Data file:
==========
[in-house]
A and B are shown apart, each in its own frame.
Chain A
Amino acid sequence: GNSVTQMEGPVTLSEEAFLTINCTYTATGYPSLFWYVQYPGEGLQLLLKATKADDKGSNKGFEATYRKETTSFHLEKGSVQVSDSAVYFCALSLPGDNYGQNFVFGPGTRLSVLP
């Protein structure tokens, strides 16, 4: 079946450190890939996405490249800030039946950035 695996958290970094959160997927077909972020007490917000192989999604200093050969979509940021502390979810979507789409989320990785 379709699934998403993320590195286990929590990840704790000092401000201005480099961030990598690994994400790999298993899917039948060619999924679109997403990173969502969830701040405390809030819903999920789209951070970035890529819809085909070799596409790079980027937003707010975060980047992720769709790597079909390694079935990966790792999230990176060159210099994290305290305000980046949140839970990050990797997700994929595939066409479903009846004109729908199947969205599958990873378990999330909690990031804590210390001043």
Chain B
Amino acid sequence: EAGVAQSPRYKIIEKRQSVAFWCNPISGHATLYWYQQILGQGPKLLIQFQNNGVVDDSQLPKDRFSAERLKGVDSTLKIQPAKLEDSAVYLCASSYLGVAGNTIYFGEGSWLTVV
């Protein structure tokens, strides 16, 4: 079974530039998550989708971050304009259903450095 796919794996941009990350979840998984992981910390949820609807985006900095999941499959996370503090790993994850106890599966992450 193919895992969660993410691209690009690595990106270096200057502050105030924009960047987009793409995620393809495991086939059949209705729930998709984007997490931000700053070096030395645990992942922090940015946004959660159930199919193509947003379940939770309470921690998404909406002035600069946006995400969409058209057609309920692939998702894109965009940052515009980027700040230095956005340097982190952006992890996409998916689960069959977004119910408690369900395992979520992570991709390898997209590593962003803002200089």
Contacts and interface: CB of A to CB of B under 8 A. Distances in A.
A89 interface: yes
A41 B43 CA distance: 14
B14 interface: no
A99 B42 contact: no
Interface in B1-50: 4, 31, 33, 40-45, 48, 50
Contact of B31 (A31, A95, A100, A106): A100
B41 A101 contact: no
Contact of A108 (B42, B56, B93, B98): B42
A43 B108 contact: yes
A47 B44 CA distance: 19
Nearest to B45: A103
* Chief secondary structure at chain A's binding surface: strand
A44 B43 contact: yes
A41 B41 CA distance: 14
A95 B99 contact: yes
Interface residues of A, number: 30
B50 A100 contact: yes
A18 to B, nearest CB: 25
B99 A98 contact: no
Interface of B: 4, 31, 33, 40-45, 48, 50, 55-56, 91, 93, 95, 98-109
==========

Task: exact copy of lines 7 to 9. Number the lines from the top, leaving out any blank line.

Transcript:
Amino acid sequence: EAGVAQSPRYKIIEKRQSVAFWCNPISGHATLYWYQQILGQGPKLLIQFQNNGVVDDSQLPKDRFSAERLKGVDSTLKIQPAKLEDSAVYLCASSYLGVAGNTIYFGEGSWLTVV
């Protein structure tokens, strides 16, 4: 079974530039998550989708971050304009259903450095 796919794996941009990350979840998984992981910390949820609807985006900095999941499959996370503090790993994850106890599966992450 193919895992969660993410691209690009690595990106270096200057502050105030924009960047987009793409995620393809495991086939059949209705729930998709984007997490931000700053070096030395645990992942922090940015946004959660159930199919193509947003379940939770309470921690998404909406002035600069946006995400969409058209057609309920692939998702894109965009940052515009980027700040230095956005340097982190952006992890996409998916689960069959977004119910408690369900395992979520992570991709390898997209590593962003803002200089």
Contacts and interface: CB of A to CB of B under 8 A. Distances in A.